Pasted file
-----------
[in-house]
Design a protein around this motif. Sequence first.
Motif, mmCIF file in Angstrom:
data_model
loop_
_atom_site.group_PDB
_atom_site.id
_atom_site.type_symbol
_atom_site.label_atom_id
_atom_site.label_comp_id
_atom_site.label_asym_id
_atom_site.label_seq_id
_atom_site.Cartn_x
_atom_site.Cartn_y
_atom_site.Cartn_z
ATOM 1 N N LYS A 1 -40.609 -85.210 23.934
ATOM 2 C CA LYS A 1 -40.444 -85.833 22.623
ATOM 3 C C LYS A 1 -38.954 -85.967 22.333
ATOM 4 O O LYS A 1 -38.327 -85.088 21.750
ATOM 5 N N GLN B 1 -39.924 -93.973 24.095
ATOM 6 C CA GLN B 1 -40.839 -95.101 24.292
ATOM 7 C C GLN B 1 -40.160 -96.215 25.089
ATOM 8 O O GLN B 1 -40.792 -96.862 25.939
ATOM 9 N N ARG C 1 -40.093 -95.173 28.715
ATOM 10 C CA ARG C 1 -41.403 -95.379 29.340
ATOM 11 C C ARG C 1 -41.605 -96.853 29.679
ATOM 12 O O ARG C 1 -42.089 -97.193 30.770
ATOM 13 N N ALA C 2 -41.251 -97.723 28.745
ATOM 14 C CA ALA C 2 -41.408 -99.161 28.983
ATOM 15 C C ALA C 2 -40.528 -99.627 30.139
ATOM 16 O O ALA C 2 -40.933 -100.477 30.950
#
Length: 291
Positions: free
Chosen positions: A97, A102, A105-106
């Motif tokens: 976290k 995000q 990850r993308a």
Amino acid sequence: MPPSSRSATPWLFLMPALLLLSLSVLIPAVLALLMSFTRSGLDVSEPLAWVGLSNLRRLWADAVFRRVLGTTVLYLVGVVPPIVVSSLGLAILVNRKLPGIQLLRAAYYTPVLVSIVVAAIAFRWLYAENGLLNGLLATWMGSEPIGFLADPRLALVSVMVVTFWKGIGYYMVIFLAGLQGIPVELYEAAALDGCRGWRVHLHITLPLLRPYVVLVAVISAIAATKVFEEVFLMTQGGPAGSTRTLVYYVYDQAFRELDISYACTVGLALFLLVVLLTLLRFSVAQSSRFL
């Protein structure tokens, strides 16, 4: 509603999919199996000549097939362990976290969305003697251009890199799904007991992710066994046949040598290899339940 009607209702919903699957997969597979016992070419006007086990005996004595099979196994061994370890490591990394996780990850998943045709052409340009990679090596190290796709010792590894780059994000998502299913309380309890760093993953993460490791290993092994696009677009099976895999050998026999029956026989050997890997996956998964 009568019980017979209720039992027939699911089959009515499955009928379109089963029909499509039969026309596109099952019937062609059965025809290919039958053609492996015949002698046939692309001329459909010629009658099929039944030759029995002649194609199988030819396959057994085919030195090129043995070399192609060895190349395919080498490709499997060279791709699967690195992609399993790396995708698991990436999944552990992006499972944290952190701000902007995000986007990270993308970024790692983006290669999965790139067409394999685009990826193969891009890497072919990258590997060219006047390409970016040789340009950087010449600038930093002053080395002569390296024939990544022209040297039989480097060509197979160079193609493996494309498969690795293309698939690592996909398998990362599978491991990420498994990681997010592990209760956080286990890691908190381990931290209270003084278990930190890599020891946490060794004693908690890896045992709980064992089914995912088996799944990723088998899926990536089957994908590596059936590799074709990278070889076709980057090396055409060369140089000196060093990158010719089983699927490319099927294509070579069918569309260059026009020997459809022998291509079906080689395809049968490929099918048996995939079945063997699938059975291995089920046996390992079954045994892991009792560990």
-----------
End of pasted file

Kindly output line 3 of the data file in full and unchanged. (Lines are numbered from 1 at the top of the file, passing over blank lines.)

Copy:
Motif, mmCIF file in Angstrom: